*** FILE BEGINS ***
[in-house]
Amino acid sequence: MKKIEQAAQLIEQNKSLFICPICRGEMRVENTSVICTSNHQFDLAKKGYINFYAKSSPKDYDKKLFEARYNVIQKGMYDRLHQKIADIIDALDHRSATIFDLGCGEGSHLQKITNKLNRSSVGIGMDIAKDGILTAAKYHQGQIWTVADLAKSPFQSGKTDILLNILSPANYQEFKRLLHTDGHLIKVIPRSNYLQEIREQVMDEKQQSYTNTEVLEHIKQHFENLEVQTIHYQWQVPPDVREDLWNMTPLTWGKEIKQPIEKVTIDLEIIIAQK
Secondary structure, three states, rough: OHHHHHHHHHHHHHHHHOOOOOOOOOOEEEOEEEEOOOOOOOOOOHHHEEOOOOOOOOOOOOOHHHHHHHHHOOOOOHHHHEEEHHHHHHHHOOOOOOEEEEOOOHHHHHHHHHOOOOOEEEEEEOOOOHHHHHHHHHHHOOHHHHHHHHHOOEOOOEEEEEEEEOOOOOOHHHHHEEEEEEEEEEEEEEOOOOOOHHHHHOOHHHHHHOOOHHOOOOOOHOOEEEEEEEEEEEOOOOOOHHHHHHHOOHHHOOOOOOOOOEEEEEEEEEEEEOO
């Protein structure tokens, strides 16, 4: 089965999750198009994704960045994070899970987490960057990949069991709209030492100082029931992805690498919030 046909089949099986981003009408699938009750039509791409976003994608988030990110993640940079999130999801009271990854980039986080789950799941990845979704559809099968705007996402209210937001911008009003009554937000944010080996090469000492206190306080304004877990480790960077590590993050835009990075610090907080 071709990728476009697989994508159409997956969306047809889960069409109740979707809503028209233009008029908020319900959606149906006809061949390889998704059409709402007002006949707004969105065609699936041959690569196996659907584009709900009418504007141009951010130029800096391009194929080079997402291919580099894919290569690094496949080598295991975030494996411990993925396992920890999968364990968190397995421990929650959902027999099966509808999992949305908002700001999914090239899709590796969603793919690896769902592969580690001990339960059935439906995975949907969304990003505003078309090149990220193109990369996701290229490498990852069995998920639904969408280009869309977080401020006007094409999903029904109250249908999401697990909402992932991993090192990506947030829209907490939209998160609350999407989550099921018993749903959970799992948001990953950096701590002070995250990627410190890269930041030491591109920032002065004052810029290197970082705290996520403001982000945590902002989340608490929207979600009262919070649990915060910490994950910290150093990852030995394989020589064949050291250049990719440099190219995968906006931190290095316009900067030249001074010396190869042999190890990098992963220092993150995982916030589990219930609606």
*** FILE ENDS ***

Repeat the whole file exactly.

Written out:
[in-house]
Amino acid sequence: MKKIEQAAQLIEQNKSLFICPICRGEMRVENTSVICTSNHQFDLAKKGYINFYAKSSPKDYDKKLFEARYNVIQKGMYDRLHQKIADIIDALDHRSATIFDLGCGEGSHLQKITNKLNRSSVGIGMDIAKDGILTAAKYHQGQIWTVADLAKSPFQSGKTDILLNILSPANYQEFKRLLHTDGHLIKVIPRSNYLQEIREQVMDEKQQSYTNTEVLEHIKQHFENLEVQTIHYQWQVPPDVREDLWNMTPLTWGKEIKQPIEKVTIDLEIIIAQK
Secondary structure, three states, rough: OHHHHHHHHHHHHHHHHOOOOOOOOOOEEEOEEEEOOOOOOOOOOHHHEEOOOOOOOOOOOOOHHHHHHHHHOOOOOHHHHEEEHHHHHHHHOOOOOOEEEEOOOHHHHHHHHHOOOOOEEEEEEOOOOHHHHHHHHHHHOOHHHHHHHHHOOEOOOEEEEEEEEOOOOOOHHHHHEEEEEEEEEEEEEEOOOOOOHHHHHOOHHHHHHOOOHHOOOOOOHOOEEEEEEEEEEEOOOOOOHHHHHHHOOHHHOOOOOOOOOEEEEEEEEEEEEOO
């Protein structure tokens, strides 16, 4: 089965999750198009994704960045994070899970987490960057990949069991709209030492100082029931992805690498919030 046909089949099986981003009408699938009750039509791409976003994608988030990110993640940079999130999801009271990854980039986080789950799941990845979704559809099968705007996402209210937001911008009003009554937000944010080996090469000492206190306080304004877990480790960077590590993050835009990075610090907080 071709990728476009697989994508159409997956969306047809889960069409109740979707809503028209233009008029908020319900959606149906006809061949390889998704059409709402007002006949707004969105065609699936041959690569196996659907584009709900009418504007141009951010130029800096391009194929080079997402291919580099894919290569690094496949080598295991975030494996411990993925396992920890999968364990968190397995421990929650959902027999099966509808999992949305908002700001999914090239899709590796969603793919690896769902592969580690001990339960059935439906995975949907969304990003505003078309090149990220193109990369996701290229490498990852069995998920639904969408280009869309977080401020006007094409999903029904109250249908999401697990909402992932991993090192990506947030829209907490939209998160609350999407989550099921018993749903959970799992948001990953950096701590002070995250990627410190890269930041030491591109920032002065004052810029290197970082705290996520403001982000945590902002989340608490929207979600009262919070649990915060910490994950910290150093990852030995394989020589064949050291250049990719440099190219995968906006931190290095316009900067030249001074010396190869042999190890990098992963220092993150995982916030589990219930609606």